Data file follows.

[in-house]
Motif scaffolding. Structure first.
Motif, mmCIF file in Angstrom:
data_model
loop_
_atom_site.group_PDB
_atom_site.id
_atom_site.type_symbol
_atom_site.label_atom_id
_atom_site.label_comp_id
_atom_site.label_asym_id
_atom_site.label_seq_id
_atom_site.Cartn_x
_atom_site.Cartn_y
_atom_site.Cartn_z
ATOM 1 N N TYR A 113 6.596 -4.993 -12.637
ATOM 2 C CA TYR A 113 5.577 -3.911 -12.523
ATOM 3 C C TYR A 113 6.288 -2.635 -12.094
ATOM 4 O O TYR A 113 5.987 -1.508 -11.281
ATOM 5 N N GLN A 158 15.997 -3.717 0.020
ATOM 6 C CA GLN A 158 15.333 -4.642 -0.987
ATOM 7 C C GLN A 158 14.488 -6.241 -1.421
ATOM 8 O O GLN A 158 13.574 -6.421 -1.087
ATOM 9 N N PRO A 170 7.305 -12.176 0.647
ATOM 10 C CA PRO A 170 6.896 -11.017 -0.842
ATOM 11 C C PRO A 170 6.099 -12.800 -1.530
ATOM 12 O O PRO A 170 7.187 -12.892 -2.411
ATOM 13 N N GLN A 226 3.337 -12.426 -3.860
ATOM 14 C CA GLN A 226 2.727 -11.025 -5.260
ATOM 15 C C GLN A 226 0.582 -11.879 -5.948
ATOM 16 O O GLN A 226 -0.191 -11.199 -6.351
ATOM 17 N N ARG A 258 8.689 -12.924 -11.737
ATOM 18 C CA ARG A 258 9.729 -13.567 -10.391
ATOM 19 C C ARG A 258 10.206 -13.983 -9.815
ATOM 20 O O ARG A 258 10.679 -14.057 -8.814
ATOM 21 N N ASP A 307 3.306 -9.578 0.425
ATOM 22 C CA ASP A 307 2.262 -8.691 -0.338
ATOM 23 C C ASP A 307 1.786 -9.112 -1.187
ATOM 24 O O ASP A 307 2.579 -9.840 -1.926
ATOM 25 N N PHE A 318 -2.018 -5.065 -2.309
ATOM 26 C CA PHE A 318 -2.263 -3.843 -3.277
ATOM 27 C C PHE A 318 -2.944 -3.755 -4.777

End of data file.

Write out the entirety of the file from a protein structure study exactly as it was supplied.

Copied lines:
[in-house]
Motif scaffolding. Structure first.
Motif, mmCIF file in Angstrom:
data_model
loop_
_atom_site.group_PDB
_atom_site.id
_atom_site.type_symbol
_atom_site.label_atom_id
_atom_site.label_comp_id
_atom_site.label_asym_id
_atom_site.label_seq_id
_atom_site.Cartn_x
_atom_site.Cartn_y
_atom_site.Cartn_z
ATOM 1 N N TYR A 113 6.596 -4.993 -12.637
ATOM 2 C CA TYR A 113 5.577 -3.911 -12.523
ATOM 3 C C TYR A 113 6.288 -2.635 -12.094
ATOM 4 O O TYR A 113 5.987 -1.508 -11.281
ATOM 5 N N GLN A 158 15.997 -3.717 0.020
ATOM 6 C CA GLN A 158 15.333 -4.642 -0.987
ATOM 7 C C GLN A 158 14.488 -6.241 -1.421
ATOM 8 O O GLN A 158 13.574 -6.421 -1.087
ATOM 9 N N PRO A 170 7.305 -12.176 0.647
ATOM 10 C CA PRO A 170 6.896 -11.017 -0.842
ATOM 11 C C PRO A 170 6.099 -12.800 -1.530
ATOM 12 O O PRO A 170 7.187 -12.892 -2.411
ATOM 13 N N GLN A 226 3.337 -12.426 -3.860
ATOM 14 C CA GLN A 226 2.727 -11.025 -5.260
ATOM 15 C C GLN A 226 0.582 -11.879 -5.948
ATOM 16 O O GLN A 226 -0.191 -11.199 -6.351
ATOM 17 N N ARG A 258 8.689 -12.924 -11.737
ATOM 18 C CA ARG A 258 9.729 -13.567 -10.391
ATOM 19 C C ARG A 258 10.206 -13.983 -9.815
ATOM 20 O O ARG A 258 10.679 -14.057 -8.814
ATOM 21 N N ASP A 307 3.306 -9.578 0.425
ATOM 22 C CA ASP A 307 2.262 -8.691 -0.338
ATOM 23 C C ASP A 307 1.786 -9.112 -1.187
ATOM 24 O O ASP A 307 2.579 -9.840 -1.926
ATOM 25 N N PHE A 318 -2.018 -5.065 -2.309
ATOM 26 C CA PHE A 318 -2.263 -3.843 -3.277
ATOM 27 C C PHE A 318 -2.944 -3.755 -4.777